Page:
We tested the long neck version (shown above), the HR81ML/DLX, which is battery operated with a Li-ion rechargeable battery. It also is available with a shorter neck. Foregoing a cord is a simple but remarkably useful upgrade from old style corded buffers, even without the revolutionary small size. That said, with the iBrid technology, it can just as easily be used as a powered tool by plugging an AC adapter into the bottom. The Nano quickly switches between rotary to highly precise 3-mm and 12-mm random orbital actions. A polisher with a random orbital action is far less likely to damage a painted surface than a simple rotary action unit. We especially liked that the kit included a second rechargeable battery. Better still, the recharge time (20 minutes) nicely matched up with the continuous service time of 30 minutes, so just when we ran out of juice, our second battery was fully-charged and ready.
Our kit included all of the items below and even the exterior case is a sight to behold (nicely stitched, heavily padded with a large, handy carrying strap):
- iBrid Nano Long Neck dual-action polisher
- Charger and two rechargeable power packs
- A 120V AC-DC adapter
- Wrench for changing orbit connectors
- 3 mm and 12 mm orbit connector and a rotary connector
- 10 pack of P2000 & P3000 adhesive sanding discs
- One horsehair and one nylon brush for use on upholstery
- Six 1 ¼-inch fine foam buffing pads and six 1¼-inch coarse foam buffing pads
- Four 2-inch coarse and four 2-inch fine foam buffing pads
- One 150 ml bottle of ZEPHIR coarse polishing compound and one 150 ml bottle of KERAMIK fine polishing compound
- Hooked backing plates for each size and a sand disc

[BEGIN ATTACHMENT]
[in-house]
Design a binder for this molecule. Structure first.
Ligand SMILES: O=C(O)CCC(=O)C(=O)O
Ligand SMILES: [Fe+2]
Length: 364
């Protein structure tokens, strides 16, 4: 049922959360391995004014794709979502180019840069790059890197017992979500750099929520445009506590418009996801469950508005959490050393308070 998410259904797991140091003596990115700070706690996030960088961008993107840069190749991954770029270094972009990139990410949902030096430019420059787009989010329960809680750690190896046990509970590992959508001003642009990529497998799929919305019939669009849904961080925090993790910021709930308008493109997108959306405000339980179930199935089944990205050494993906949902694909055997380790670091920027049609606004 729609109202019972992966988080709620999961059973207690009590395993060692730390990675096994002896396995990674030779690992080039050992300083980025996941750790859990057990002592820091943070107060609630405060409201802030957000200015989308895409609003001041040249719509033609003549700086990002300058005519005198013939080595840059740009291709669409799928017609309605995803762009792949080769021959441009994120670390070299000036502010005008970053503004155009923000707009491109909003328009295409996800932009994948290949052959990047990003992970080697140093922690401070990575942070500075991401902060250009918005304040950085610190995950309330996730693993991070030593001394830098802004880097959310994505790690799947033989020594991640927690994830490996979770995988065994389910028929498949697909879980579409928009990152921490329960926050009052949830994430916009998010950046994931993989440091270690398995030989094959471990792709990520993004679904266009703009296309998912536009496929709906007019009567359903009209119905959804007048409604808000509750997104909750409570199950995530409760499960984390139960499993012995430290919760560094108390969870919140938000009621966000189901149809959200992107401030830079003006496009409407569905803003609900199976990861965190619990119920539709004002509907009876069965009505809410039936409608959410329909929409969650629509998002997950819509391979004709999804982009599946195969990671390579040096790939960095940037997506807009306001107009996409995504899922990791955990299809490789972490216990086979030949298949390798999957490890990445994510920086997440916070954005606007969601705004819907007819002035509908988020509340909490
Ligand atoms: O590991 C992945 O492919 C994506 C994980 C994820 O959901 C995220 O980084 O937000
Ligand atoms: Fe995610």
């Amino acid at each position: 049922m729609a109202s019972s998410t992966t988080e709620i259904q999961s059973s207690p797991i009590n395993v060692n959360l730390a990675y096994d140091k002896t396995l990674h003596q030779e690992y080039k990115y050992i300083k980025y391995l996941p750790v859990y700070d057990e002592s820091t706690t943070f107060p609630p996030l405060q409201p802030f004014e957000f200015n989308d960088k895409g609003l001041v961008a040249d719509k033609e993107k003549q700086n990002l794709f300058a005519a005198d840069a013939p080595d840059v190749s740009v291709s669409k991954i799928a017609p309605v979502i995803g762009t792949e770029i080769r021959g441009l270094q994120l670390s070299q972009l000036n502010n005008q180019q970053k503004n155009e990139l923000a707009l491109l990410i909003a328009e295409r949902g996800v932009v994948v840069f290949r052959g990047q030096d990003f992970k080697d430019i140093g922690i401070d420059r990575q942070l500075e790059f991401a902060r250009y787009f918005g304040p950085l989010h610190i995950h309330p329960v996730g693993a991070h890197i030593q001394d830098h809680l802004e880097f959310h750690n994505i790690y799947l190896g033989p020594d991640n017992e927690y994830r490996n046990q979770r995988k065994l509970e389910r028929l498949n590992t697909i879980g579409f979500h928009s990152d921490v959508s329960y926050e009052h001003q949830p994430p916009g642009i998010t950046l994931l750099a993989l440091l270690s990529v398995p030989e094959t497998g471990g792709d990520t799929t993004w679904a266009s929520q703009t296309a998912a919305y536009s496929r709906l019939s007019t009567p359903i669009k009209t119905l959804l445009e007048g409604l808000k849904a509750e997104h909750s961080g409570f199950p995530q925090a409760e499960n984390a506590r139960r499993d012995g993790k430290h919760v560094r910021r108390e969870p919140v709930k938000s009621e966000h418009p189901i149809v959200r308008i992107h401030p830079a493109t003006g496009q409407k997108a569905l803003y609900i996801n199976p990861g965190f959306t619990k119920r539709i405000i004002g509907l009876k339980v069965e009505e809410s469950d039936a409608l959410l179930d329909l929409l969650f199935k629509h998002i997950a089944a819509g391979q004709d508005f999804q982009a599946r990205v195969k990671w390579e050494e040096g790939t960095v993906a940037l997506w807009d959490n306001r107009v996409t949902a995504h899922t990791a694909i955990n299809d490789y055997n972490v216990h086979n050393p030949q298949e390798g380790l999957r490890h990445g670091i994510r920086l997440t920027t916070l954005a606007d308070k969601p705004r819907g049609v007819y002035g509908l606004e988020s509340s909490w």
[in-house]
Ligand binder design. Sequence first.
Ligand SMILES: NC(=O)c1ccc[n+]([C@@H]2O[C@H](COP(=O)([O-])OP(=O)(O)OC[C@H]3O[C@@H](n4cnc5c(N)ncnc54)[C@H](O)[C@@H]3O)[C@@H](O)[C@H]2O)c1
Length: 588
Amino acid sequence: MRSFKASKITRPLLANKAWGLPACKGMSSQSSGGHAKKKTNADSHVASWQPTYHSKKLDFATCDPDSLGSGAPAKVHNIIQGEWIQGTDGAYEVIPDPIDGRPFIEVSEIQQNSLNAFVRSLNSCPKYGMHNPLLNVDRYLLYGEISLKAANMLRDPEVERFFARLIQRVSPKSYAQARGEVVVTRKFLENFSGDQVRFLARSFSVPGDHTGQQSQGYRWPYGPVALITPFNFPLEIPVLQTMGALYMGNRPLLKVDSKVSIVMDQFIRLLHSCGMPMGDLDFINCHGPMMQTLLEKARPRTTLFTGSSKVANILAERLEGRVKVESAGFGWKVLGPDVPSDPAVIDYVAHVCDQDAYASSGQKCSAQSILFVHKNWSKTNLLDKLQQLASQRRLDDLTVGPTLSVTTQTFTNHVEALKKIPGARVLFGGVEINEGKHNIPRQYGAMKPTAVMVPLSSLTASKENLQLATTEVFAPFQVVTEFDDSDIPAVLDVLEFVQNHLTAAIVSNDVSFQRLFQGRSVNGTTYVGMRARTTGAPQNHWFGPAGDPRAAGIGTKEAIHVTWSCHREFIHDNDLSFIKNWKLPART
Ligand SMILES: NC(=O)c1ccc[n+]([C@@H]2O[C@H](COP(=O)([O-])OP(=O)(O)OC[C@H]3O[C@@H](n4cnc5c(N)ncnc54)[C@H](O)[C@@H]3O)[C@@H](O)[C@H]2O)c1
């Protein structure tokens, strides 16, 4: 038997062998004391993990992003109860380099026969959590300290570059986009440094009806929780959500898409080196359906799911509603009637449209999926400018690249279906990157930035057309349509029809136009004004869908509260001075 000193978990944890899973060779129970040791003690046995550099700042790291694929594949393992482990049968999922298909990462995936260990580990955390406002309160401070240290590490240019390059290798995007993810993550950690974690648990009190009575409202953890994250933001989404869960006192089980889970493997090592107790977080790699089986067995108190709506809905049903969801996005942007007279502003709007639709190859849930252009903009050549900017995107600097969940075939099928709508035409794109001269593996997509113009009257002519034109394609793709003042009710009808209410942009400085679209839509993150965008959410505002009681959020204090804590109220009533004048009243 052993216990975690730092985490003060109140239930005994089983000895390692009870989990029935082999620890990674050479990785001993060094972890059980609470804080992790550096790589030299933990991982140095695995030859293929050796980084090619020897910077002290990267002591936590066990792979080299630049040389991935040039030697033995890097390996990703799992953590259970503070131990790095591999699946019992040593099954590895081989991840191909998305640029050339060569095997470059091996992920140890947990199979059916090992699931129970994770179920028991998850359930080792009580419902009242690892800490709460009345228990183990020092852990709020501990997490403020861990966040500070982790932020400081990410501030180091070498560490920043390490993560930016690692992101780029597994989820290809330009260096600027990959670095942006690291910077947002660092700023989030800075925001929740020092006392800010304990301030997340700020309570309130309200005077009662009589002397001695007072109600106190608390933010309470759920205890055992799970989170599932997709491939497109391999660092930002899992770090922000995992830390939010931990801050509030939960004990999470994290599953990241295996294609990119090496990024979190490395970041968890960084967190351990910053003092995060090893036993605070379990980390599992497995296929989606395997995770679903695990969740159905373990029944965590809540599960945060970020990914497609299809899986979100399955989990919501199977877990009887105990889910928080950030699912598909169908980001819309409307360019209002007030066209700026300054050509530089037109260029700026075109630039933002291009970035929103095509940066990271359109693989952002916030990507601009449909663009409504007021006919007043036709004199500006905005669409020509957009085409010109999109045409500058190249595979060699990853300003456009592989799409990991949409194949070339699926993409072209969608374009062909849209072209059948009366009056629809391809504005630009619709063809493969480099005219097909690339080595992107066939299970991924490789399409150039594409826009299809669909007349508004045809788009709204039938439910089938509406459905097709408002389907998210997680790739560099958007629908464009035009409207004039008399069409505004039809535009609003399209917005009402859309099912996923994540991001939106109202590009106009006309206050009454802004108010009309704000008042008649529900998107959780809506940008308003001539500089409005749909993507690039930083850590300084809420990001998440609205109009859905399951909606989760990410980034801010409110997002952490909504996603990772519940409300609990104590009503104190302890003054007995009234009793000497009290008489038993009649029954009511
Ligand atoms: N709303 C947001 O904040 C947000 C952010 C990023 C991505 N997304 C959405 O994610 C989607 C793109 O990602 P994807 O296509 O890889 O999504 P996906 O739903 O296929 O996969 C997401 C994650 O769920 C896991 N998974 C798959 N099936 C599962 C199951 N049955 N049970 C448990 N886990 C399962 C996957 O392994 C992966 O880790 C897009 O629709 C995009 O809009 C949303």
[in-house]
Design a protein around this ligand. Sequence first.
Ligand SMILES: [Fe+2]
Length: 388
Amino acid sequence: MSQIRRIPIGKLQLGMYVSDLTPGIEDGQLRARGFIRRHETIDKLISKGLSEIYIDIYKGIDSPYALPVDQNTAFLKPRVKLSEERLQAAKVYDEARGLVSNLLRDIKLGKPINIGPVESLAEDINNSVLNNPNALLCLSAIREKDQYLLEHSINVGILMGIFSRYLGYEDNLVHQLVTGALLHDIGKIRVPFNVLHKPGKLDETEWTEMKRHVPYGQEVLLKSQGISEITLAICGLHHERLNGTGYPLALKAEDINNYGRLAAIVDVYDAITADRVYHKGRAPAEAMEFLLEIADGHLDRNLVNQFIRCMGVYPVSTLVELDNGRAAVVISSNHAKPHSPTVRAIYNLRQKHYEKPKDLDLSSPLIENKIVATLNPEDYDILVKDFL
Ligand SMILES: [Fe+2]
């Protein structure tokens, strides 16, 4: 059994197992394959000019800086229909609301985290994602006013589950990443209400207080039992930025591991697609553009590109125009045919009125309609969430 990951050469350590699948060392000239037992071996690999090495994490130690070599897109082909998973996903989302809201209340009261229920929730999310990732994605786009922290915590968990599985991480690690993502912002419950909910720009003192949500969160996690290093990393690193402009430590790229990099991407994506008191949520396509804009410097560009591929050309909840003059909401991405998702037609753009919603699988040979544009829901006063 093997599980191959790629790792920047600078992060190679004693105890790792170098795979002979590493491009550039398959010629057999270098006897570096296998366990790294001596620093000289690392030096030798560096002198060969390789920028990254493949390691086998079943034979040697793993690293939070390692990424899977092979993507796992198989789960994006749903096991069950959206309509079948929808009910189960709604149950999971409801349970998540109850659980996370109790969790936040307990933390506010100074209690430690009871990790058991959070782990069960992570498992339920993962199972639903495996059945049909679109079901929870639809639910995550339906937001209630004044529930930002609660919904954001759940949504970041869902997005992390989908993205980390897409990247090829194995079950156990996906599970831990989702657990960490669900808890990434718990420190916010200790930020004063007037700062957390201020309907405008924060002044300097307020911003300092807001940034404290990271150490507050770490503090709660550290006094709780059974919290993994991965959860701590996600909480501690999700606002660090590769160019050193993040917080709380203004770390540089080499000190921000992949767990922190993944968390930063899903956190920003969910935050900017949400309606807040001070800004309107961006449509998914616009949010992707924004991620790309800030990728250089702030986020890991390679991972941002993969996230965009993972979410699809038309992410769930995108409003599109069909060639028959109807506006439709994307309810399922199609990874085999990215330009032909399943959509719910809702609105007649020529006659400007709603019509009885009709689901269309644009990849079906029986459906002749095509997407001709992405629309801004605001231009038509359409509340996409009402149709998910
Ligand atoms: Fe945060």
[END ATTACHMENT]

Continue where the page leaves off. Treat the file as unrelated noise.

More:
- Four microfiber towels, a BigFoot sticker and instruction manual.
As a tool designed for professionals, this unit is not inexpensive, so we experimented with it as an adjunct to auto detail work, assuming many of our readers may also drive and clean their other vehicles. We found it to be perfect for achieving that final level of detail, especially on smaller components. Modern cars boost an increasing number of shiny black trim pieces both inside and outside the car. The Nano does a brilliant job of restoring those surfaces to their factory-fresh appearance. The Nano’s size allows a high level of precision in a variety of hard-to-reach places.
The light-weight Nano fits easily into one hand. Very little pressure is needed to control the polisher. We found what works best is to grip the Nano with one hand and steady the neck with one finger from your other hand to control its direction. Five speed settings and a soft start feature provide confidence and exactness with the tool. On the one hand, using pads this small allows access to tiny spaces. On the other hand, if you are removing any measurable amount of oxidation, the pads quickly fill and need frequent changing. Thankfully, RUPES includes six each of the 1¼ inch pads and you’ll probably need all six to cover any significantly sized area. With the smaller pad, we found that covering an area the size of a cell phone was about right for a single pad. You can double that with the larger 2-inch pads. Cleaning the pads is simple. Use warm water and a small amount of dish soap. Rinse thoroughly and let them air dry. You can use compressed air to clean out the pads during use to extend the time between full cleanings, but make sure you reapply the compound if you do.
For around $600 you get the entire, well-provisioned kit. Find it online at Amazon.com, eBay and other suppliers. Local distributors in your area are listed at www.rupesusa.com/distributor-locator. While a no-brainer for professional detail shops for which it is intended—and where it pays for itself in saved time and better work in a matter of weeks — it’s a bit of a stretch for the average home garage. But if you enjoy doing your own work and take pleasure in using exceptionally well-crafted tools, this could be for you. After a month’s testing we had some lingering reluctance in reaching for our wallet given the premium price. However, the superb design, high-quality workmanship and pure delight at using such a perfect instrument, made it far from impossible to justify. If you can’t get over the price, you might try hinting around that it would make an awesome gift!